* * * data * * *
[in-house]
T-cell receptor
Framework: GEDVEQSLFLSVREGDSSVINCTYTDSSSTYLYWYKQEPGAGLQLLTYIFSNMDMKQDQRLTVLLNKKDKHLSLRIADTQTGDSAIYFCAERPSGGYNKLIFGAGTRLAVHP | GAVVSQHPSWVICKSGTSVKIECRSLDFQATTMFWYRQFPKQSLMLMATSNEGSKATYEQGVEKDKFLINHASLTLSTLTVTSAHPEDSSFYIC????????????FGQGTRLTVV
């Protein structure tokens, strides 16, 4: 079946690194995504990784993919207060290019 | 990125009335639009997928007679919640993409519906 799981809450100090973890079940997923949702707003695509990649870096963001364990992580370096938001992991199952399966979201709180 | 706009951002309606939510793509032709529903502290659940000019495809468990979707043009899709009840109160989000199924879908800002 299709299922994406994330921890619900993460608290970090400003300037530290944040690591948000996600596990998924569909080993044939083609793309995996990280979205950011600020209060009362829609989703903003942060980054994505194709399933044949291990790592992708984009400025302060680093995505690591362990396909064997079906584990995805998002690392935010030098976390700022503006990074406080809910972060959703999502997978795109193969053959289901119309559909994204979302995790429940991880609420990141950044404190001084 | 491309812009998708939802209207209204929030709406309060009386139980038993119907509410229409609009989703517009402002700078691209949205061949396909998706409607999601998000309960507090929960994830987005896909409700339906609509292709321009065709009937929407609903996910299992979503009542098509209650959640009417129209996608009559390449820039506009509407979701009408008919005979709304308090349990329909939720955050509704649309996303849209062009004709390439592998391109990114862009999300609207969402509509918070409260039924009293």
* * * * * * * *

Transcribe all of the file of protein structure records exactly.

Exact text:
[in-house]
T-cell receptor
Framework: GEDVEQSLFLSVREGDSSVINCTYTDSSSTYLYWYKQEPGAGLQLLTYIFSNMDMKQDQRLTVLLNKKDKHLSLRIADTQTGDSAIYFCAERPSGGYNKLIFGAGTRLAVHP | GAVVSQHPSWVICKSGTSVKIECRSLDFQATTMFWYRQFPKQSLMLMATSNEGSKATYEQGVEKDKFLINHASLTLSTLTVTSAHPEDSSFYIC????????????FGQGTRLTVV
């Protein structure tokens, strides 16, 4: 079946690194995504990784993919207060290019 | 990125009335639009997928007679919640993409519906 799981809450100090973890079940997923949702707003695509990649870096963001364990992580370096938001992991199952399966979201709180 | 706009951002309606939510793509032709529903502290659940000019495809468990979707043009899709009840109160989000199924879908800002 299709299922994406994330921890619900993460608290970090400003300037530290944040690591948000996600596990998924569909080993044939083609793309995996990280979205950011600020209060009362829609989703903003942060980054994505194709399933044949291990790592992708984009400025302060680093995505690591362990396909064997079906584990995805998002690392935010030098976390700022503006990074406080809910972060959703999502997978795109193969053959289901119309559909994204979302995790429940991880609420990141950044404190001084 | 491309812009998708939802209207209204929030709406309060009386139980038993119907509410229409609009989703517009402002700078691209949205061949396909998706409607999601998000309960507090929960994830987005896909409700339906609509292709321009065709009937929407609903996910299992979503009542098509209650959640009417129209996608009559390449820039506009509407979701009408008919005979709304308090349990329909939720955050509704649309996303849209062009004709390439592998391109990114862009999300609207969402509509918070409260039924009293």